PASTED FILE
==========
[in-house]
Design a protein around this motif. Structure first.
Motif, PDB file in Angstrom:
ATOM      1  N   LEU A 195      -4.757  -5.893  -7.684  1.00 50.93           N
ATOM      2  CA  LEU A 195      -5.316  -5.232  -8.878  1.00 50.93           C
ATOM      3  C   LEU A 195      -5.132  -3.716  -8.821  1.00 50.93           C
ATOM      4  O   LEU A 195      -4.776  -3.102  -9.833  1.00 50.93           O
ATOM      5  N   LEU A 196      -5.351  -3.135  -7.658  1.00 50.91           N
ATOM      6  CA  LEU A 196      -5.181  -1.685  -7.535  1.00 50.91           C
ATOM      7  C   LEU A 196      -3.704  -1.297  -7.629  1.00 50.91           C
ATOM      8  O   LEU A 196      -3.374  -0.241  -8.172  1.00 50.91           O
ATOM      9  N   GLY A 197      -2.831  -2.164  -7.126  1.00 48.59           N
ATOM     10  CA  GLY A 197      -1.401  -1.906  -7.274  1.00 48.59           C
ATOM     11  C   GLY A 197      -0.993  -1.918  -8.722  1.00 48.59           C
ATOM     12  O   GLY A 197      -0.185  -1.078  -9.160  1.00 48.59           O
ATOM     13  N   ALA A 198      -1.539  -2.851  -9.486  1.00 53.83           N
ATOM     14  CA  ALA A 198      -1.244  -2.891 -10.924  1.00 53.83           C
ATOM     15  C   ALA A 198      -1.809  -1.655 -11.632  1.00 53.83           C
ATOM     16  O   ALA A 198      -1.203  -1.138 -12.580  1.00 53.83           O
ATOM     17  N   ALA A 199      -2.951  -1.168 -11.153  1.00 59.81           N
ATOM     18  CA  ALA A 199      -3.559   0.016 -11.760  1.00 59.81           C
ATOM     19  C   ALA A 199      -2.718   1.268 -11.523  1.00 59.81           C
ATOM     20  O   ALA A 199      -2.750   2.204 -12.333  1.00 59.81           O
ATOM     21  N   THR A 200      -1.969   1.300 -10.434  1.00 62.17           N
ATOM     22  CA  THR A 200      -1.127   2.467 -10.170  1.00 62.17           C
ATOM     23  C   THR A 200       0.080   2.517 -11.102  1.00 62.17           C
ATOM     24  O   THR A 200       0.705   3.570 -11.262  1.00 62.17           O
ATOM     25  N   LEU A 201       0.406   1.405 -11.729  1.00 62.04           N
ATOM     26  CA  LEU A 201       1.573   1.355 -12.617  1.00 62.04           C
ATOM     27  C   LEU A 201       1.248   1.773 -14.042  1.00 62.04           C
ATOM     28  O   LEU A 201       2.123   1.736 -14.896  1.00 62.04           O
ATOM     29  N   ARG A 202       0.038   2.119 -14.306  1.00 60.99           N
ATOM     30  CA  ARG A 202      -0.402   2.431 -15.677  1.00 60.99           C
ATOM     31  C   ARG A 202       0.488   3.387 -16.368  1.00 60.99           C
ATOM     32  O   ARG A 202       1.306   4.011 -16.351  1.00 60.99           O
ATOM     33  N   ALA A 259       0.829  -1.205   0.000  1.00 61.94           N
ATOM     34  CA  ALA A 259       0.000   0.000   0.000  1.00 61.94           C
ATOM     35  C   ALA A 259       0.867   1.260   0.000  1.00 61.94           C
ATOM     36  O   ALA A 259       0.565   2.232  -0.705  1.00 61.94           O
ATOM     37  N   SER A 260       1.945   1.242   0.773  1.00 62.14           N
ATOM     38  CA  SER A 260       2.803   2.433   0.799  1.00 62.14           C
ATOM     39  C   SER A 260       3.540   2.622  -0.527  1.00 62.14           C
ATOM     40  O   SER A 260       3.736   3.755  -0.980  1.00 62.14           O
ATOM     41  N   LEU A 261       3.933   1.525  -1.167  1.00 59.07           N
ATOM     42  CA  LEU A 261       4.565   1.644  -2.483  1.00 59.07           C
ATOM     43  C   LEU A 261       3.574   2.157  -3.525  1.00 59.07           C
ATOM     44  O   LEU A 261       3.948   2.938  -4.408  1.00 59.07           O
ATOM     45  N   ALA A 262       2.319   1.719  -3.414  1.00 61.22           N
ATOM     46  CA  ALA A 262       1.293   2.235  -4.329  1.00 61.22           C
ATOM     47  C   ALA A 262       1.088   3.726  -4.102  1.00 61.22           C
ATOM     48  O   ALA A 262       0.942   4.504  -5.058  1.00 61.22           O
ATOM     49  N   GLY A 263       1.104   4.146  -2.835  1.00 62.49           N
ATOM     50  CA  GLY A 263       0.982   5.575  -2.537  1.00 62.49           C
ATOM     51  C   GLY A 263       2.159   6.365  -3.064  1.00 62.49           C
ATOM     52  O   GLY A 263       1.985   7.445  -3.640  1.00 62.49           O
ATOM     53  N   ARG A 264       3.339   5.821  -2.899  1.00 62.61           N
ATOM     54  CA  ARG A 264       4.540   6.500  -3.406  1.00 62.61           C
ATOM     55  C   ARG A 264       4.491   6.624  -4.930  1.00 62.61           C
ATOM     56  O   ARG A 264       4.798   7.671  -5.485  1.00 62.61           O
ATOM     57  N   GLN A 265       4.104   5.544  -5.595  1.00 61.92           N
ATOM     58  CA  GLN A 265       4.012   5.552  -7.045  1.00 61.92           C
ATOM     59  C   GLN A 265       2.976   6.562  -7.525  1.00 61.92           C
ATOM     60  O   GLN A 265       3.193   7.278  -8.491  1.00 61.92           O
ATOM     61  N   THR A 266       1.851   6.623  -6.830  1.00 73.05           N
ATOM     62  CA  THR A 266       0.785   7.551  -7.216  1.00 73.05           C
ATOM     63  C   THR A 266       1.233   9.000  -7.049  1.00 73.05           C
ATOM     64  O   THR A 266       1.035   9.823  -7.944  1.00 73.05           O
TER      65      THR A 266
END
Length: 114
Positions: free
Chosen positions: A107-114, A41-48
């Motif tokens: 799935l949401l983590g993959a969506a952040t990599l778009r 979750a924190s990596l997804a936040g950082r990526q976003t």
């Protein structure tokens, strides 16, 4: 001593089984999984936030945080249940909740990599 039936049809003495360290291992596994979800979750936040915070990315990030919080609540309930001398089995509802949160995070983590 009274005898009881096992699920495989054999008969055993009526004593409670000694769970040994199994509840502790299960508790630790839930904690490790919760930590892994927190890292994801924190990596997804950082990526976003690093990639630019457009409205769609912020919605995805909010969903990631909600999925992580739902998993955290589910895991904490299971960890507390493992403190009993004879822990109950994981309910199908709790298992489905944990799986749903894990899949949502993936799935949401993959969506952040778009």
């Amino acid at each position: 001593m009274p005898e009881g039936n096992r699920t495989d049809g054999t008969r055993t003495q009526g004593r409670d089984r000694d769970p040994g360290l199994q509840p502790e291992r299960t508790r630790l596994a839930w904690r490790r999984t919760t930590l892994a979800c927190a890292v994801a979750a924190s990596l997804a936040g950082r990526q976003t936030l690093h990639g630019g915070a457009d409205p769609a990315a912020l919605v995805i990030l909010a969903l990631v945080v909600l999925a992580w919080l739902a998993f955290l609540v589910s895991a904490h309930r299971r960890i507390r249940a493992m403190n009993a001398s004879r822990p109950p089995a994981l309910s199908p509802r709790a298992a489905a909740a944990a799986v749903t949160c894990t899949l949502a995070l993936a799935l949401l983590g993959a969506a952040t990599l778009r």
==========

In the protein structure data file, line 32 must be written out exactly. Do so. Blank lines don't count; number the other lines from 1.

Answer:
ATOM     29  N   ARG A 202       0.038   2.119 -14.306  1.00 60.99           N